Arsenic is a naturally occurring element widely distributed in the earth’s crust. In the environment, arsenic is combined with oxygen, chlorine, and sulfur to form inorganic arsenic compounds. Arsenic in animals and plants combines with carbon and hydrogen to form organic arsenic compounds.
Breathing high levels of inorganic arsenic can give you a sore throat or irritated lungs.
Ingesting very high levels of arsenic can result in death. Exposure to lower levels can cause nausea and vomiting, decreased production of red and white blood cells, abnormal heart rhythm, damage to blood vessels, and a sensation of “pins and needles” in hands and feet.
Ingesting or breathing low levels of inorganic arsenic for a long time can cause a darkening of the skin and the appearance of small “corns” or “warts” on the palms, soles, and torso.
Drinking water that is contaminated with arsenic may lead to thickening of the heart's main pumping chamber in young adults, according to a new study by researchers at Columbia University Mailman School of Public Health.
Filled with a noxious brew of copper, cadmium and arsenic, with a pH rivaling that of sulfuric acid, Montana's Berkeley Pit seems inhospitable to life.
In what has been called "the largest mass poisoning of a population in history," some 40 million people in Bangladesh are drinking water that contains unsafe levels of arsenic.
Drinking water that is contaminated with arsenic may lead to thickening of the heart's main pumping chamber in young adults, a structural change that increases the risk for future heart problems, according to new research in Circulation: Cardiovascular Imaging, an American Heart Association journal.
Antibiotic resistance has been called one of the biggest public health threats of our time. There is a pressing need for new and novel antibiotics to combat the rise in antibiotic-resistant bacteria worldwide.
Life scientists from UCLA and the University of Bern have identified a key gene in the transmission of African sleeping sickness -- a severe disease transmitted by the bite of infected tsetse flies, which are common in sub-Saharan Africa.
A smartphone device could help millions of people avoid drinking water contaminated by arsenic.
For decades, manmade chemicals known as per- and polyfluoroalkyl substances, or PFAS, were used in everything from carpets to frying pans to firefighting chemicals for their ability to repel water and oil.
Many people view pollutants and pathogens as separate causes of illness. However, recent research indicates that the two can interact, changing how people and animals respond to infectious diseases.
A five-year, $2.7 million grant from the National Institute of Environmental Health Sciences will help researchers at the University of Illinois at Chicago answer basic questions about the role of arsenic in the development of diabetes and examine the mechanisms by which selenoproteins – found in the human body in 25 different forms – counter the effects of arsenic.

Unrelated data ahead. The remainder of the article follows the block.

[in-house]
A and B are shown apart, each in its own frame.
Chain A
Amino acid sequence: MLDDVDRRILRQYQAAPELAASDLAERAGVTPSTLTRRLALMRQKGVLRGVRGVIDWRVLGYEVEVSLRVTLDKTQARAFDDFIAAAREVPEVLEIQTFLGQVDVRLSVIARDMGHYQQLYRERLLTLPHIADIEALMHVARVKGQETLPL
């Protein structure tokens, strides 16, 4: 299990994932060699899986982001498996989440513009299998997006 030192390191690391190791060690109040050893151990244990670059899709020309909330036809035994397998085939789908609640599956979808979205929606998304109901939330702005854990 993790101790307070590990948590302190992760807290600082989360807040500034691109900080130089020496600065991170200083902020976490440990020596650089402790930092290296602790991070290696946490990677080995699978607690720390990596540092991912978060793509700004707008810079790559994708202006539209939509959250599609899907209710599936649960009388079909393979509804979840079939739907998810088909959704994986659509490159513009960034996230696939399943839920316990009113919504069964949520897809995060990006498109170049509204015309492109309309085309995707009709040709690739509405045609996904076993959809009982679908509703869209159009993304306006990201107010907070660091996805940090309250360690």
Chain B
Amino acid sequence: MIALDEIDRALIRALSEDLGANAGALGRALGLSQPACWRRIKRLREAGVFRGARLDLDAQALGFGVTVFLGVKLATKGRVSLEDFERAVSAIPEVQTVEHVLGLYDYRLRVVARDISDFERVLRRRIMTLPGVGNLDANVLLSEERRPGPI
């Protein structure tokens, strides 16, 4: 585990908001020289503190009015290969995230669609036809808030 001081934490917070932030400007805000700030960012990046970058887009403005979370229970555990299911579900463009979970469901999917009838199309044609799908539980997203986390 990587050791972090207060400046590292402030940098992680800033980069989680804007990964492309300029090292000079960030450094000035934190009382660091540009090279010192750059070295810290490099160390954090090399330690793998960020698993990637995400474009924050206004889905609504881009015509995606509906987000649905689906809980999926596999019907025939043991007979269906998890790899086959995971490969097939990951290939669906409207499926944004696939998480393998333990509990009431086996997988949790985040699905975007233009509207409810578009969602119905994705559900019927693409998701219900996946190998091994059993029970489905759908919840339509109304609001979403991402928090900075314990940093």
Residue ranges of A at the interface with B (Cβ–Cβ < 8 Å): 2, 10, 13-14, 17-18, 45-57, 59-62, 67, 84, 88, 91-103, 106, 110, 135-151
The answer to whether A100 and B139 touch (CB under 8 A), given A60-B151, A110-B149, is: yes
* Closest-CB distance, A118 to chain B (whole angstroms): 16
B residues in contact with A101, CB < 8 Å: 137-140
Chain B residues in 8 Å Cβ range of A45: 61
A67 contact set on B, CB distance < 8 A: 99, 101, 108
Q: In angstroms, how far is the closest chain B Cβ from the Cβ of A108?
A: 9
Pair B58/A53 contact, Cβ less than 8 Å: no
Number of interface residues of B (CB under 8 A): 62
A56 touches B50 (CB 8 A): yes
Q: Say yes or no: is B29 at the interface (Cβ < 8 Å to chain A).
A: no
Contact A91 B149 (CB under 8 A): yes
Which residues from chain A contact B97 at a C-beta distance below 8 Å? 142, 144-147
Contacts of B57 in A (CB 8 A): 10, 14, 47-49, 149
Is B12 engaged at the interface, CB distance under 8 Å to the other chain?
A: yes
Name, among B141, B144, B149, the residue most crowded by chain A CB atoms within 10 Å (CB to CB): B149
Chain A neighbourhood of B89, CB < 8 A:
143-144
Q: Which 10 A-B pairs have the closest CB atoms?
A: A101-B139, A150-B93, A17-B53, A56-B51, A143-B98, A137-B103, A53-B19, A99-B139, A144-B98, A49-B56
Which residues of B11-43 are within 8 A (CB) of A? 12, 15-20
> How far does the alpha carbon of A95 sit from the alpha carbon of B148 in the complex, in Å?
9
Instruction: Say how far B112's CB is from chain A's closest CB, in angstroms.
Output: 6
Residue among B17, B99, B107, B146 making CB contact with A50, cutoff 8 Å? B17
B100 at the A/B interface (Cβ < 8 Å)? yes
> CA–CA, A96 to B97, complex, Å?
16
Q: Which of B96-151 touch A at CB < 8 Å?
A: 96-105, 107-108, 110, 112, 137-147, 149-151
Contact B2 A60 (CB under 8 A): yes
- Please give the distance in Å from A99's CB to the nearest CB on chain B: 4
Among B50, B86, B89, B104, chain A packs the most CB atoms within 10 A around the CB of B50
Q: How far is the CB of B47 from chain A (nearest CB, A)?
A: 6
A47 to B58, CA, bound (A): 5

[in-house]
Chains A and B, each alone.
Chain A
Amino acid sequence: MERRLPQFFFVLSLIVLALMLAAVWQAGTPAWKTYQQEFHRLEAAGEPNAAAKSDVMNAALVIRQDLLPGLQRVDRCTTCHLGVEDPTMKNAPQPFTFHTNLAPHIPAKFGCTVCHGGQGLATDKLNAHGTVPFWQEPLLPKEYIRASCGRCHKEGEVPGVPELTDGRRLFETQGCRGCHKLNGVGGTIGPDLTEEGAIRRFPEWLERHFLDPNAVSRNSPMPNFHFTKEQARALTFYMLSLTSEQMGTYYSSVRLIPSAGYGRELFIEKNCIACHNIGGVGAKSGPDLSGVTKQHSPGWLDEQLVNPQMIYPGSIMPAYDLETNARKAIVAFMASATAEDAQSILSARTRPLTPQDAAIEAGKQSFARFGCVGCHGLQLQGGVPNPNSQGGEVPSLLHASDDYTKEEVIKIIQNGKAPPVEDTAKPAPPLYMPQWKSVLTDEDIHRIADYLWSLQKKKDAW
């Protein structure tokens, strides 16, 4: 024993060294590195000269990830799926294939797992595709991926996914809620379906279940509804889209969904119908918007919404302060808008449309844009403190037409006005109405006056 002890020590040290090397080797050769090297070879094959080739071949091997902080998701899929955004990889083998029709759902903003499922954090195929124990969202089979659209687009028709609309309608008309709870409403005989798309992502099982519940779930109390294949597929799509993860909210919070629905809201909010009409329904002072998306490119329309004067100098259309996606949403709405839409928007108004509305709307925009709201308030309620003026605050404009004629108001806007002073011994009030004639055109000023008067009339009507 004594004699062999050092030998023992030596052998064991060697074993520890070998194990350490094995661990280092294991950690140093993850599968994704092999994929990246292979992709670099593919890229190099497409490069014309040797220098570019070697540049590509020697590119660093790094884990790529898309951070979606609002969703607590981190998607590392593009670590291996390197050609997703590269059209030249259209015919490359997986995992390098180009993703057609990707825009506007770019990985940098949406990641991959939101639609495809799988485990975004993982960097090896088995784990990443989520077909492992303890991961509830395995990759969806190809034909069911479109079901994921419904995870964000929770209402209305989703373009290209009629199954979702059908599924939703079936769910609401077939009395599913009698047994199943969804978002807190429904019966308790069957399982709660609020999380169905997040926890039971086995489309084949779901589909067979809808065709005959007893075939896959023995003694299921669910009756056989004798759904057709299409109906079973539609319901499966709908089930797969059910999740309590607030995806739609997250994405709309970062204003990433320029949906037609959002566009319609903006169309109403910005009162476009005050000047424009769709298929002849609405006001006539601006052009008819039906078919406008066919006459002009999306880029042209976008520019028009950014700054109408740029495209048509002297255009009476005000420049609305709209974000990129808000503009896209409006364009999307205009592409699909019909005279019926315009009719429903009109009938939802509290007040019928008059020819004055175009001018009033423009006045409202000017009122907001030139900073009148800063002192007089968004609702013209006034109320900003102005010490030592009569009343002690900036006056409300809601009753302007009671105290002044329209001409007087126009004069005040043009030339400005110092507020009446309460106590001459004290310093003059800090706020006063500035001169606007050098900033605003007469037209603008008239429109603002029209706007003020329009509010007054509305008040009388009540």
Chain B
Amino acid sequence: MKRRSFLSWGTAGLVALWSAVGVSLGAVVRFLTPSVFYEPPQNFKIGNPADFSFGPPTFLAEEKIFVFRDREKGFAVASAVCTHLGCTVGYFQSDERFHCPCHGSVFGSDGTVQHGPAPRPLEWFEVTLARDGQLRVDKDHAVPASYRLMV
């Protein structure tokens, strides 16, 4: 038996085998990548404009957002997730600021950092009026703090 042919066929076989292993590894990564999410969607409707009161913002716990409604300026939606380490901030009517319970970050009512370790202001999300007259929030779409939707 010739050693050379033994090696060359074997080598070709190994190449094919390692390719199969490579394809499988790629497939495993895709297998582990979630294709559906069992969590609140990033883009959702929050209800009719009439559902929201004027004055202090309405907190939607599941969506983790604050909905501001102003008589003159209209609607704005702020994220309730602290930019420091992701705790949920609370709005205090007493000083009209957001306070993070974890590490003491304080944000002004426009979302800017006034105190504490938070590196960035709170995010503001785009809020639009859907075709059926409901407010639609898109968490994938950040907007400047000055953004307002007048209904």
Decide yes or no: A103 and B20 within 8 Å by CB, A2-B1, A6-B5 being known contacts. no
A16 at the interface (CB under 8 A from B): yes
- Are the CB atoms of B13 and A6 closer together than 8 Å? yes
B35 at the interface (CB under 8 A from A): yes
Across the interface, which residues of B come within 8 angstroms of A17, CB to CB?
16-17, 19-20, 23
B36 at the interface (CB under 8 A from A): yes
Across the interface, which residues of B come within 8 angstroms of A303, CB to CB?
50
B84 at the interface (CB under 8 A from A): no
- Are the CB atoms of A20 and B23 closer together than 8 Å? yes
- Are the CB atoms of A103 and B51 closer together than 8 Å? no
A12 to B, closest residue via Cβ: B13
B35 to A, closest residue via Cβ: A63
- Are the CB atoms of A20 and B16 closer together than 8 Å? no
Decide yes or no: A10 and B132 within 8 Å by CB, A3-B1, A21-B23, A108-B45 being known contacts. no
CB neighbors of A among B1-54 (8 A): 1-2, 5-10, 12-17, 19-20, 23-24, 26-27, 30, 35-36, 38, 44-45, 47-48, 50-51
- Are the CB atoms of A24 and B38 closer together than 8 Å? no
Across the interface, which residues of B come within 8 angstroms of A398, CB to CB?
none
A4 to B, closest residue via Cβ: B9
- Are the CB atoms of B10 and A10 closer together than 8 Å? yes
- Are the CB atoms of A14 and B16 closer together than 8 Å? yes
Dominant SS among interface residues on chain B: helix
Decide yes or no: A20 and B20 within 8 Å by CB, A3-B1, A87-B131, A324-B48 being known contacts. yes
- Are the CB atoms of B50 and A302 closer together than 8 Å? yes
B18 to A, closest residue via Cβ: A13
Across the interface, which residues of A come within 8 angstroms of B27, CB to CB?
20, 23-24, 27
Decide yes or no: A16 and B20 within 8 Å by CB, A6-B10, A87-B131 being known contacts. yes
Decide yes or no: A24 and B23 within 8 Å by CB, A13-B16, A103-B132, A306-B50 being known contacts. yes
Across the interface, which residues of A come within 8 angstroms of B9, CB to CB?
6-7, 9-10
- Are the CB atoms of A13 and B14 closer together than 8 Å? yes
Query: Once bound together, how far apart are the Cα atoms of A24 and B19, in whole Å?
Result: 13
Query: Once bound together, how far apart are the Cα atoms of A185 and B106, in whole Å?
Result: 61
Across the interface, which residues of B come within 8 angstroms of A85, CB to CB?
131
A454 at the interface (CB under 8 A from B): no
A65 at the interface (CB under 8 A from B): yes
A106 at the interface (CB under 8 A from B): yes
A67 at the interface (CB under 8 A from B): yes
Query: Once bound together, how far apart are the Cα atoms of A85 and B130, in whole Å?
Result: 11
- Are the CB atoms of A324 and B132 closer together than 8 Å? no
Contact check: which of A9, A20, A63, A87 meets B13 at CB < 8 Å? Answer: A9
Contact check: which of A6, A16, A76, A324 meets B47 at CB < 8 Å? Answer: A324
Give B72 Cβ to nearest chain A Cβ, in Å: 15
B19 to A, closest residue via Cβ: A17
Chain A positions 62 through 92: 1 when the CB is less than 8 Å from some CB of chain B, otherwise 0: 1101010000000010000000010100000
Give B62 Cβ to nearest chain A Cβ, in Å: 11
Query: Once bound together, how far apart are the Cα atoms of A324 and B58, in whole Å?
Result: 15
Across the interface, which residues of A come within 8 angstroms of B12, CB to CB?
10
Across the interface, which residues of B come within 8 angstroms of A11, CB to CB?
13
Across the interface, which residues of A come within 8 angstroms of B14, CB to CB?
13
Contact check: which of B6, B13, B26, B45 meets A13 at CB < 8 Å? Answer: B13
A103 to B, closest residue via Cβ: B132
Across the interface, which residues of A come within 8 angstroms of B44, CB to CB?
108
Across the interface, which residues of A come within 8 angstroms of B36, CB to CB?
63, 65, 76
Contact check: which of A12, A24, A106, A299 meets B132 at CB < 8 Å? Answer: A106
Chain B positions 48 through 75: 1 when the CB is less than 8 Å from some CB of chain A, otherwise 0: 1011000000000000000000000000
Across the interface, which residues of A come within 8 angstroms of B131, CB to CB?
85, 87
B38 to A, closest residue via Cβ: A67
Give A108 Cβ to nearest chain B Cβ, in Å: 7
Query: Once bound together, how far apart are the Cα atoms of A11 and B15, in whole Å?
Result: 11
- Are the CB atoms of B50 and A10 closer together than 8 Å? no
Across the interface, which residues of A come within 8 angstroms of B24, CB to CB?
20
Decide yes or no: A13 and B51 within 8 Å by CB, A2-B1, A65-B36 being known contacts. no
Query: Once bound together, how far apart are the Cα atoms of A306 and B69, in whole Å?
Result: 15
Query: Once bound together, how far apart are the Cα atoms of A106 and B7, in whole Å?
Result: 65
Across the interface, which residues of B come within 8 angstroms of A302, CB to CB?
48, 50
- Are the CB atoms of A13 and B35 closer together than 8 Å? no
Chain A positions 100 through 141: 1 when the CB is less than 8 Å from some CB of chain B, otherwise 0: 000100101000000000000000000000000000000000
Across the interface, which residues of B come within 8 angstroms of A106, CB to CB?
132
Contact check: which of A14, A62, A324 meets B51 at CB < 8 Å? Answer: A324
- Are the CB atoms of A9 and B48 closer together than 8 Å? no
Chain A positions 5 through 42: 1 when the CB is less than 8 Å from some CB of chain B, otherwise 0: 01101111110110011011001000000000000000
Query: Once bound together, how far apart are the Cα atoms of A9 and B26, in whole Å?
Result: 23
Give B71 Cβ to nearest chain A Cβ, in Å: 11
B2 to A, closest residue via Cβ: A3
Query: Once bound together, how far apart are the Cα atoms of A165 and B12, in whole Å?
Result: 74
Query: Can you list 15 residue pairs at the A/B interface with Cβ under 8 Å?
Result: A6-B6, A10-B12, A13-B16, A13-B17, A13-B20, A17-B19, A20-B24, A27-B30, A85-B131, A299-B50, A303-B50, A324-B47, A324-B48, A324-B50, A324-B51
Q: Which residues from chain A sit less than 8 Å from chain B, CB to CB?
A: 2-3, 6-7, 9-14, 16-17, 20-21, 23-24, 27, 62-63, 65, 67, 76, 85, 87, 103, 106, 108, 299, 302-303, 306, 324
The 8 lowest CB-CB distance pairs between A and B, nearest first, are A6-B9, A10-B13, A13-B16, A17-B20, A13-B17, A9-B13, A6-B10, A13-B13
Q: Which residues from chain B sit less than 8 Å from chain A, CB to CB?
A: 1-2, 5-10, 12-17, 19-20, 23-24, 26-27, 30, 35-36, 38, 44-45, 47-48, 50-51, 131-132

A frosty mug of beer or ruby-red glass of wine just wouldn't be the same if the liquid was murky or gritty. That's why producers of alcoholic beverages usually filter them.
Viruses plague bacteria just as viruses like influenza plague humans. Some of the largest of these so-called bacteriophages have now been found in the human gut, where they periodically devastate bacteria just as seasonal outbreaks of flu lay humans low, according to a new study led by University of California, Berkeley, scientists.
A free, simple screening for lung cancer can save a patient money, while building a healthy relationship for any medical needs they may have in the future.
Research conducted at Montana State University shows that microbes in the human gut play an important role in protecting against arsenic toxicity, a problem that affects an estimated 200 million people who are exposed to arsenic through contaminated drinking water.
New findings from a team of Marshall University Joan C. Edwards School of Medicine researchers reveal urban and rural differences in prenatal exposure to essential and toxic elements.
It takes six months to get really good at accurately gauging the age of yelloweye rockfish. Because they can live for up to 120 years, this species is of particular interest to Benjamin Barst and scientists like him who study the effects of toxic chemicals on living organisms.
The European Medicines Agency's Committee for Medicinal Products for Human Use has adopted a positive scientific opinion of fexinidazole, the first all-oral treatment that has been shown to be efficacious for both stages of sleeping sickness.
Nexus Pharmaceuticals announced today the immediate availability in the United States for Arsenic Trioxide Injection. Nexus Pharmaceuticals' Arsenic Trioxide Injection is available as 10 mg per 10 mL vial for injection.
Uncovering a novel mechanism that promotes growth of breast cancer bone metastasis has revealed a potential Achilles' heel for these cancer cells. Reported in the journal Cancer Cell, the study shows that interfering with this mechanism can reduce the risk of relapses in animal models.
The MDI Biological Laboratory will take a national lead in teaching data literacy to students and teachers though a five-year, $1.2 million SEPA grant from the National Institute of General Medical Sciences, an institute of the National Institutes of Health.